Extreme Weather Events and Climate Science
Air Date: Week of September 9, 2022
Years of insufficient rainfall across the Horn of Africa have caused the worst drought in 40 years. In the picture above two boys walk to their settlements in Hadhwe sub-district, which has been particularly hard hit by the drought. (Photo: Mulugeta Ayene, Flickr, CC BY-NC-ND 2.0)
Scientists have understood for decades how global warming would increase moisture in the atmosphere promoting climate disruption and extremes such as the floods, wildfires, and record-breaking heat waves that 2022 has brought to many regions. But there may be more impacts to come as climate models haven’t captured all the complex interactions of a warming world. Michael Mann, Professor of Atmospheric Science at the University of Pennsylvania, joins Host Steve Curwood to discuss.
CURWOOD: From PRX and the Jennifer and Ted Stanley Studios at the University of Massachusetts Boston, this is Living on Earth. I’m Steve Curwood.
Extreme weather, it seems, is now almost the norm, despite the horrendous toll it’s taking on humans and countless other species. Science started warning us decades ago that global warming would increase atmospheric moisture and lead to climate disruption, and now we are living with the predictions of those climate models. For some insights into extreme weather and what the models did and did not predict we turn now to Michael Mann, a professor of Atmospheric Science at the University of Pennsylvania, and he joins us now from Philadelphia. Welcome back to Living on Earth Michael!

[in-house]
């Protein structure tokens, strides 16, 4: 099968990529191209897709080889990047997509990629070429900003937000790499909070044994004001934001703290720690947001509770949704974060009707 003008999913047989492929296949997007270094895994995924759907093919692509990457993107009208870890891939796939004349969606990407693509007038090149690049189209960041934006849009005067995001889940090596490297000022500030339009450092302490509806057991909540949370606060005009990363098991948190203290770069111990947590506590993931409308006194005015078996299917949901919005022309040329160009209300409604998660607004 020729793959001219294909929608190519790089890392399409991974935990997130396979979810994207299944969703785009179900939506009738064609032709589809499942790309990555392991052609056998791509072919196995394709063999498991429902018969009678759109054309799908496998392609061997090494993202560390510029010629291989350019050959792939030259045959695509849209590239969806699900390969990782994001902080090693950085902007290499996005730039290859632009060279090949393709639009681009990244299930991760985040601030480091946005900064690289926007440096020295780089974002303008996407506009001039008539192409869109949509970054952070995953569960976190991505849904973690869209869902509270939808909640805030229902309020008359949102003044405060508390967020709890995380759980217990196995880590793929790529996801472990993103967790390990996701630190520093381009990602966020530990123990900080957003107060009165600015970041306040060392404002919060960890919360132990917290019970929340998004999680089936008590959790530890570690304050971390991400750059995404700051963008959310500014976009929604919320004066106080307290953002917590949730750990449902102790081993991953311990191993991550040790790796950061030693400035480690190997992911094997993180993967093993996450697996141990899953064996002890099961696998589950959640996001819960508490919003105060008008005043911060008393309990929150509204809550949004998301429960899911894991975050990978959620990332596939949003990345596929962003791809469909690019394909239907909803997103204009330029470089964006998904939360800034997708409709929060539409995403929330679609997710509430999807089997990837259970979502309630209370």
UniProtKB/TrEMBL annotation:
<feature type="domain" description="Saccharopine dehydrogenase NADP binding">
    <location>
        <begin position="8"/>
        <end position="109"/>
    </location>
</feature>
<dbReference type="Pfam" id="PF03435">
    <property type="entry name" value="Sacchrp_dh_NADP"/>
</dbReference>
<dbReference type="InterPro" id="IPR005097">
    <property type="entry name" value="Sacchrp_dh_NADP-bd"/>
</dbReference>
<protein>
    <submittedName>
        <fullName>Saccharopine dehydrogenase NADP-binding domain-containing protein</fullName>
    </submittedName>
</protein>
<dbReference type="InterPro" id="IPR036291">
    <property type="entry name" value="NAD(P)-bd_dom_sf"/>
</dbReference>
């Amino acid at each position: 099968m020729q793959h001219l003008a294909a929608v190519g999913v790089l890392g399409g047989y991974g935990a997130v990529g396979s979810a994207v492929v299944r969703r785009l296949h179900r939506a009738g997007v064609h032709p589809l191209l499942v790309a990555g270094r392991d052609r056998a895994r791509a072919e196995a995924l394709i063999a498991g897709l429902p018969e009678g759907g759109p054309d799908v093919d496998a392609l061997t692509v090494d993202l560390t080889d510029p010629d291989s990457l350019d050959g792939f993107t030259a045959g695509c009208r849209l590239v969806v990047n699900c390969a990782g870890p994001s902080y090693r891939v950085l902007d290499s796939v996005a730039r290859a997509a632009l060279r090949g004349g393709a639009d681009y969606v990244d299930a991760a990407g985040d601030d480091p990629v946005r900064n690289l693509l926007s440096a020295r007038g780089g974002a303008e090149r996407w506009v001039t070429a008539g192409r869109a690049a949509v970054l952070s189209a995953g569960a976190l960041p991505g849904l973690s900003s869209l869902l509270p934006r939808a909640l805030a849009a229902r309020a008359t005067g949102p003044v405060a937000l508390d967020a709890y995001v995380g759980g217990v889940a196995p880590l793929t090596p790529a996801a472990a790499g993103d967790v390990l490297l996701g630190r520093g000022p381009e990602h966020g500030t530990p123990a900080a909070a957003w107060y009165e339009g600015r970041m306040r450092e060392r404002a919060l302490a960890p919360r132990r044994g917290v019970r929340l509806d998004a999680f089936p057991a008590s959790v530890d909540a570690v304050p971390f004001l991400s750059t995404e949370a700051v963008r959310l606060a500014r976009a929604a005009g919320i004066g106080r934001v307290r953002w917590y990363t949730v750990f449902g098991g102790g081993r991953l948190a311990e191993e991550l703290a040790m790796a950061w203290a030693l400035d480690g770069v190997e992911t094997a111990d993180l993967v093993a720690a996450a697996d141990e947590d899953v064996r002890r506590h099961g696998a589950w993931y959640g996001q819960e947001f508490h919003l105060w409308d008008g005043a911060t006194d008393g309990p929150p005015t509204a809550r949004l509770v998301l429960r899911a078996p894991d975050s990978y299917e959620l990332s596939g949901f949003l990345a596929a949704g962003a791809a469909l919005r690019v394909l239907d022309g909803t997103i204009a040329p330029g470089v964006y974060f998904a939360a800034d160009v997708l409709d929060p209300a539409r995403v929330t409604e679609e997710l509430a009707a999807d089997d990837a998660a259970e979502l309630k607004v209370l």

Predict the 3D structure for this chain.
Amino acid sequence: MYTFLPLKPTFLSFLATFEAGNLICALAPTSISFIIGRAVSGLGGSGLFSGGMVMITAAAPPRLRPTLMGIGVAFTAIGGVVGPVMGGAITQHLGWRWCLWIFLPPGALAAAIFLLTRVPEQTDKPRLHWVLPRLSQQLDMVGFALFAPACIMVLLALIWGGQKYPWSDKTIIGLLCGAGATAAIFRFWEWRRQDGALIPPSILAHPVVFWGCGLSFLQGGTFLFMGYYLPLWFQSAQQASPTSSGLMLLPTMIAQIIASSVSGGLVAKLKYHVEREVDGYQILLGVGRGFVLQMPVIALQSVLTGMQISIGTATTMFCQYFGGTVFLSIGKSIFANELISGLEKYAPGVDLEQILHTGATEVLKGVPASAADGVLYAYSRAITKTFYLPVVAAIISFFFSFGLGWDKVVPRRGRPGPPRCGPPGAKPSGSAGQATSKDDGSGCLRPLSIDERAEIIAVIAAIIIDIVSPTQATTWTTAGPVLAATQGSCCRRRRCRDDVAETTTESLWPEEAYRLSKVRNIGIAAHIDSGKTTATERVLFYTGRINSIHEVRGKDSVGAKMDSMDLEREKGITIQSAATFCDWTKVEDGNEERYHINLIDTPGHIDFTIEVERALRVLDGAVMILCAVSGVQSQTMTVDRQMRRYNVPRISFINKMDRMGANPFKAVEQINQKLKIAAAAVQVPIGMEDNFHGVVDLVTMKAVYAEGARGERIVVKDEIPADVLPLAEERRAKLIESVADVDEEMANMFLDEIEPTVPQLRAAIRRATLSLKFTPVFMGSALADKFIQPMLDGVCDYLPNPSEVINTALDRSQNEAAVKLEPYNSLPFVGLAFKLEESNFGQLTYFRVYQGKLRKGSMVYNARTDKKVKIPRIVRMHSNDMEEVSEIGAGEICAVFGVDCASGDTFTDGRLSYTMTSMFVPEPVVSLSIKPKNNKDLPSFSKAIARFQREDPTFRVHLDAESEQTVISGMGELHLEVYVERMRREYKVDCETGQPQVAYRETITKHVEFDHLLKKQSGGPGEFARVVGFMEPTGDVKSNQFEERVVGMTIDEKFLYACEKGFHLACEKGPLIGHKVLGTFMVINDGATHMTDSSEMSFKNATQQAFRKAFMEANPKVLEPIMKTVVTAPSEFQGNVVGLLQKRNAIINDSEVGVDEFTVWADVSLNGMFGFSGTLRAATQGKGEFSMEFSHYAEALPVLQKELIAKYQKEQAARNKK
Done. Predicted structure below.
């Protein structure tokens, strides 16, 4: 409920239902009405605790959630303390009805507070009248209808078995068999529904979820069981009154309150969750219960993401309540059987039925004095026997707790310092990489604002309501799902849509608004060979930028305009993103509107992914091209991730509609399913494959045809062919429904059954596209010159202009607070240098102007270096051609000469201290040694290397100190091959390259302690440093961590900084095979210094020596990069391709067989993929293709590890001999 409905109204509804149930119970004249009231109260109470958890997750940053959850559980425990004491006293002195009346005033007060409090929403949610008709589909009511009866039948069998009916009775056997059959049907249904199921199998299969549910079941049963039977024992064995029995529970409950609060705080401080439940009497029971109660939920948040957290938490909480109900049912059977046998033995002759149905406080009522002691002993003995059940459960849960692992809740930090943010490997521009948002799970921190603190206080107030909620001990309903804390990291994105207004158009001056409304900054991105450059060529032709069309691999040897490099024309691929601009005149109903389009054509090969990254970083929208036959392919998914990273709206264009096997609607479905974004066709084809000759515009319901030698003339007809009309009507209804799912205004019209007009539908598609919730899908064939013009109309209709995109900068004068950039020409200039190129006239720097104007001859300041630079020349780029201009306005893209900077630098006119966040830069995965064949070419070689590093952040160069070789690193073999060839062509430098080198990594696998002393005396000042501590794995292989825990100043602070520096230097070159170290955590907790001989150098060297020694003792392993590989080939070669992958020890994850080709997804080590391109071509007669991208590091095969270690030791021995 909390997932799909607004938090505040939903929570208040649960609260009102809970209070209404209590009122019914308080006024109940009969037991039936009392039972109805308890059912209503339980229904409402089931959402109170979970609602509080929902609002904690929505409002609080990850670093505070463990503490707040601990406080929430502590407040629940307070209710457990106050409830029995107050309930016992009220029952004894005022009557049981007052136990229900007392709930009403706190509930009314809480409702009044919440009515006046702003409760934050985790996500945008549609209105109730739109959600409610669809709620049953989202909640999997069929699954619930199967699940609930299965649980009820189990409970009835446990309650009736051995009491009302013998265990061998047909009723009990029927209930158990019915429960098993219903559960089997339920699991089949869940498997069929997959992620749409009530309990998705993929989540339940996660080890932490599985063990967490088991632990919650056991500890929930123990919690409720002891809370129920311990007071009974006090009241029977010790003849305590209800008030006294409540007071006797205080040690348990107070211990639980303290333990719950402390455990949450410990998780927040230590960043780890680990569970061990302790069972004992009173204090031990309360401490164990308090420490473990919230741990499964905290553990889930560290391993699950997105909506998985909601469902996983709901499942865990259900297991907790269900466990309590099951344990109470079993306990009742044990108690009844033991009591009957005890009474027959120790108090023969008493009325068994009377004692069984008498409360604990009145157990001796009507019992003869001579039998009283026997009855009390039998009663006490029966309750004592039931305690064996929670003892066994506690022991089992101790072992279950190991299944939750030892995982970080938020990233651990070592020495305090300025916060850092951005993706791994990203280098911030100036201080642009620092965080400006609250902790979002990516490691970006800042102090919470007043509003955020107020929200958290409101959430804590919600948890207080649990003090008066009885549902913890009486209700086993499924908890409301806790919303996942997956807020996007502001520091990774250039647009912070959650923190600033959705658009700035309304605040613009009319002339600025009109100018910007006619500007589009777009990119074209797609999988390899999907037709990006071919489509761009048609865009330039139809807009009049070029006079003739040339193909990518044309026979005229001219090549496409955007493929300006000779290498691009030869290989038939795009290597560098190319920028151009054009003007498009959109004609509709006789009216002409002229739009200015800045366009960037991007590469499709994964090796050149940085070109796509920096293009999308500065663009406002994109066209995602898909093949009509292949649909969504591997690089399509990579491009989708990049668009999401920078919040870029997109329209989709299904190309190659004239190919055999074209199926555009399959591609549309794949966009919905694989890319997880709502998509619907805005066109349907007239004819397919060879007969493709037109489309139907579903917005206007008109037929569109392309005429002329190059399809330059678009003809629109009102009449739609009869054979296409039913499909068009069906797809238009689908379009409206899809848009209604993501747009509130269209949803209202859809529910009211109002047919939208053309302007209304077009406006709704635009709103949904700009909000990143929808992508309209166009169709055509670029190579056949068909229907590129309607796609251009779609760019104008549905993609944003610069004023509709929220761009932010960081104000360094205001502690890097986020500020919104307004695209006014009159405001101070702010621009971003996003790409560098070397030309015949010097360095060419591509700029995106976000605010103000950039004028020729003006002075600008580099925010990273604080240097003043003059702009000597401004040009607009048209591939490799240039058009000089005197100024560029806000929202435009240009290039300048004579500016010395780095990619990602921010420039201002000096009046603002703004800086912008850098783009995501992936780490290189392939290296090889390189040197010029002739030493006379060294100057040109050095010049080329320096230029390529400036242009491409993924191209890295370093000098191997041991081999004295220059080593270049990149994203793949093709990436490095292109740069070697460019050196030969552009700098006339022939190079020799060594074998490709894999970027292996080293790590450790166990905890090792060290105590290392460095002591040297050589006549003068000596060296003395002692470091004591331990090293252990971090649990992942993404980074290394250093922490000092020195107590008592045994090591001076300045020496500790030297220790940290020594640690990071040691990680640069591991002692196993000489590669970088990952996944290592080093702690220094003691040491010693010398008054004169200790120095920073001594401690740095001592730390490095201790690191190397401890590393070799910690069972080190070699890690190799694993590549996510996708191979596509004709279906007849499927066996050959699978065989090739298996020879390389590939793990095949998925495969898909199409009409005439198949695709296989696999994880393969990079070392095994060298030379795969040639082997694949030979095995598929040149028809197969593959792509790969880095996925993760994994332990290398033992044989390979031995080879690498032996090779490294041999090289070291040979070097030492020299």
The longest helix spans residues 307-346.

MANN: Thanks, Steve, always great to be with you.
CURWOOD: So, in these last few weeks, we've seen just crazy intense weather, a third of Pakistan flooded now, after they had record heat earlier this summer, cities all over the United States and places from Death Valley to St. Louis, to Dallas and most recently, we're looking at the problem in Jackson, Mississippi, where flooding has taken out the water system. What’s going on? What's happening in terms of climate disruption?
MANN: Yeah, well, you know, it's not rocket science, you warm up the planet, as we're doing with carbon pollution, you're going to get more of these extreme heat waves, more frequent heat waves, so that's a no brainer. You also warm up the atmosphere, so it holds more moisture. So when it does rain, you get more rainfall, you get more precipitation, you get more of those flooding events. And the the heat dries out the soils in the summer so you get worst drought, more widespread drought. You combine the heat and the drought, you get the sorts of catastrophic wildfires that we're seeing out in the western US that we're seeing in Europe that we've seen down in Australia. So that part is all pretty straightforward, it's all basic physics. But there's something else on top of that, which is a little more subtle, and which isn't all that well captured in the climate models. It's the way that the pattern of warming is changing the behavior of the Jet stream, its causing it to get stuck in more of a wiggly pattern, where you get those big high and low pressure systems associated alternatively with extreme heat, drought and wildfire or extreme flooding, and they remain sort of locked in place. So you get those extreme heat conditions day after day in the same location or rainfall day after day in the same location. That's when you see the most profound extreme weather impacts when you get these very persistent extreme weather events. And climate change appears to be leading to an increase in those persistent weather extremes in a way that isn't well captured by the climate models. If anything, we've under predicted that the impact of climate change on these extreme weather events that we're seeing. And what's happened is those events have now, the signal has now risen above the noise. We're noticing the impacts were feeling the consequences. Because the signal the impact of climate change on the frequency and intensity of these events, has now risen above the noise of natural variability. It's plain to see. And we can see it now playing out in real time.